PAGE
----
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Five Terms Doctors Need to Know When Shopping for Health Insurance

by | Nov 3, 2020 | Health Insurance, Articles | 1 comment

Written in collaboration with Katie Corbett

Insurance programs such as the Affordable Care Act have attempted to implement an equitable approach to health insurance offerings. Medical professionals, especially those who own small practices and have fewer than 15 employees, have been left behind in insurance initiatives. Dr. Noor Ali, MD, MPH, CPH, is actively working to change that. She works to educate medical professionals on the insurance industry, so they can make informed decisions.

Here are five terms she says are helpful to understand when you are shopping for health insurance. These are the top five terms you need to know to successfully navigate the healthcare marketplace.

1. Premium – The monthly payment that you have to pay to have the policy. This is typically due at the same time each month for as long as you have the policy. Most companies have a 30-day grace period if you are late on a premium payment. It’s usually best to have your health insurance premiums auto-deducted from your paychecks or on some kind of auto-payment. That way, if you are ever late on a payment, or your credit or debit card expires or gets lost or stolen and you happen to need emergency medical services, you won’t be stuck without health coverage. 

2. Deductible – This is the amount of money you have to pay out of pocket in full medical costs before your insurance company will pay out benefits according to your policy. Deductibles vary from plan to plan. Higher deductible plans can have lower premiums, but not always, so be aware of your plans’ premiums and deductibles. A very common misconception, especially among younger generations, is that the younger and healthier they are, the higher deductible plan they should be on because they hardly ever use their plan or get sick. It could mean that they are paying into a health insurance plan that they hardly get to utilize until an unlikely high deductible is met. Reasoning that works for your home and auto insurance might not make sense for your health insurance.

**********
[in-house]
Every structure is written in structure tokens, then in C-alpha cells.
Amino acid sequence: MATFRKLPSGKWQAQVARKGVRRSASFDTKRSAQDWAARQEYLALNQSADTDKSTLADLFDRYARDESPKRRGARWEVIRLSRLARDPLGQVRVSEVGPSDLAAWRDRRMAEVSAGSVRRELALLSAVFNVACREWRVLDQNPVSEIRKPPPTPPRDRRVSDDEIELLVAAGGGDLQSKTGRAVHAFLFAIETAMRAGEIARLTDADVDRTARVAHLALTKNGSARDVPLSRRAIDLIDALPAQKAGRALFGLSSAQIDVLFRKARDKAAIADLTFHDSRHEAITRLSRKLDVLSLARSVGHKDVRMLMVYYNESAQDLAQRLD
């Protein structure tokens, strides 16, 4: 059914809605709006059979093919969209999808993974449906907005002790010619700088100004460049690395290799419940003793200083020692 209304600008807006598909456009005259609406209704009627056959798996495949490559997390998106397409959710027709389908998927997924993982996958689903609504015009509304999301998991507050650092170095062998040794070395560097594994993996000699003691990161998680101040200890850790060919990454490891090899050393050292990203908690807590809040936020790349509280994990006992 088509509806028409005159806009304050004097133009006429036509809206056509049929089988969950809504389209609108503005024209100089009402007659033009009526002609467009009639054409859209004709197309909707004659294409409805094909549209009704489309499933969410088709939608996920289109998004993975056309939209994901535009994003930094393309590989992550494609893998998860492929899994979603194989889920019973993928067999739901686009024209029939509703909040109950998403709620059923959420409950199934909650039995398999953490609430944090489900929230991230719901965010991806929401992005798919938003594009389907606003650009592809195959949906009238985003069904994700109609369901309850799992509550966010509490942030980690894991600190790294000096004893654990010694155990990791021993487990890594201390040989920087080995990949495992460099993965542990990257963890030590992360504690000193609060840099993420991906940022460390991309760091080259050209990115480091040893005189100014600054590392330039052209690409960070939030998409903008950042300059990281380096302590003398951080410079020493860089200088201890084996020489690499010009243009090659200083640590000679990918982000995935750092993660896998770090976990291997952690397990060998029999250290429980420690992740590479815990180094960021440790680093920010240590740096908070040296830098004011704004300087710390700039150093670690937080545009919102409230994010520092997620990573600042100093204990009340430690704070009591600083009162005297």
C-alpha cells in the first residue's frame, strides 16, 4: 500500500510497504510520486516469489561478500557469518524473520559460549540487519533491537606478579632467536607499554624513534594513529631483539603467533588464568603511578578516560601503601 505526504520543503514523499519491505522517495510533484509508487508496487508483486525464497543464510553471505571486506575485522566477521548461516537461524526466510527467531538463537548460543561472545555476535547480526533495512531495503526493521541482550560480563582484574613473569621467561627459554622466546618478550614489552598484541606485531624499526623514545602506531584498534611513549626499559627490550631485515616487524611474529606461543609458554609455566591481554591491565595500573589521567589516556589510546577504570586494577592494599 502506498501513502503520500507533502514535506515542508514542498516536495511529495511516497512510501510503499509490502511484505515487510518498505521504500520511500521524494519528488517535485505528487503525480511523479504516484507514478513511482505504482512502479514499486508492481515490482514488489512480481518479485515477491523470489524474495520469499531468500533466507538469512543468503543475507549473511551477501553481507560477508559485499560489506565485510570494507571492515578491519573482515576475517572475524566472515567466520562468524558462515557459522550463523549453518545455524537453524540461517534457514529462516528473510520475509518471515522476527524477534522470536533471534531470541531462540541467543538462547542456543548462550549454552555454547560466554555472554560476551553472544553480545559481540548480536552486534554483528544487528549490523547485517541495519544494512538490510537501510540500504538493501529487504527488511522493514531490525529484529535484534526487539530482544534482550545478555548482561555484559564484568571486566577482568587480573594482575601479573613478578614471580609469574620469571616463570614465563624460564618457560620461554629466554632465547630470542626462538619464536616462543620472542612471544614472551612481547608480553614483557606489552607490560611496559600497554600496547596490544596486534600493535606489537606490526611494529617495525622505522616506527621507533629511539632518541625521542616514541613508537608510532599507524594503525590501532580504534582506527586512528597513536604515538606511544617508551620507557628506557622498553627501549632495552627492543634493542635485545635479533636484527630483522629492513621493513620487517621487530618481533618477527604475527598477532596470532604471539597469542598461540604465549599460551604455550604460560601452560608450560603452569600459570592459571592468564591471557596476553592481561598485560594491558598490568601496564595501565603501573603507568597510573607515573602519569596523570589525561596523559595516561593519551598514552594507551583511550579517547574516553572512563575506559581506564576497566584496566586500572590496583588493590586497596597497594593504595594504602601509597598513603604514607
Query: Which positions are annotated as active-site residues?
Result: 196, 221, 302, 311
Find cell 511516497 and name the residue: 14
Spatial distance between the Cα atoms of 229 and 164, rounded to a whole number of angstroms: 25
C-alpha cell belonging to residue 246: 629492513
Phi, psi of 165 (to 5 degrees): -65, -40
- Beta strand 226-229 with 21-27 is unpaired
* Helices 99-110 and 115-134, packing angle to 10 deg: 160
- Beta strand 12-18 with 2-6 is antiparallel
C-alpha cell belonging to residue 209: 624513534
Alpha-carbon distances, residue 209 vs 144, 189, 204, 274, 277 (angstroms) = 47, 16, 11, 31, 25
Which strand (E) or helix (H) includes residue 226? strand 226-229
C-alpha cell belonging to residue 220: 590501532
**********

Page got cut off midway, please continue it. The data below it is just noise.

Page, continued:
3. Network – Your health insurance network dictates which doctor, provider, hospital and medical centers you can go to that will accept your insurance plan. Typically, the three main types of networks are Preferred Provider Organization (PPO), Health Maintenance Organization (HMO), and Exclusive Provider Organization (EPO). A PPO network is nationwide; it is the largest type of network and crosses state lines for coverage. It’s a good idea to look up your preferred doctor or provider before signing up for an insurance plan to confirm that they are in-network and will accept your insurance.

what is a hmo and ppo plan

4. Co-pays/Co-insurances – This is the amount of money you have to pay BEFORE you are able to get your medical service. Co-pays are usually fixed-dollar amounts whereas co-insurances are a percentage of your total billed charges for medical services rendered

5. Maximum-out-of-pocket – The most you will have to pay out of pocket for your insurance plan before an insurance company will step in and cover the rest of your medical bills. Different carriers may have different definitions and clauses and riders that go into determining this amount. Be mindful of limitations and exclusions. 

When evaluating whether or not an insurance plan is right for you, it’s important to consider these points so you can compare apples to apples. All insurance plans are not the same and each policy is created with many layers of coverage containing riders, limitations and exclusions. It can be a lot to keep in mind while picking the best coverage.

“Doctors need to learn a lot about the insurance industry in order to choose their plans,” Dr. Ali says. “They may not always make the best decisions. Most of the time, this is due to a lack of information available to them. I want to help cut through the noise and help doctors make decisions that are best for them.” 

Residing in Westchase,Tampa, Dr. Ali is a first time mom, and big supporter of mom-preneurs in science and leadership. She is a licensed health insurance advisor contracted with USHealth Advisors and holds a 2-15 license in more than 30 states. She loves connecting with professionals everyday to help shed a bit more light on how they can be on a better health plan and optimize their coverage. 

Book a call with Dr. Noor for a consultation on the best fit health plan for you.

Here is what I have learned as both a provider and health insurance professional about doctors and their outlook on heath insurance. Subscribe to my YouTube channel for more industry insights!

Book a call with Dr. Noor for a consultation on the best fit health plan for you.

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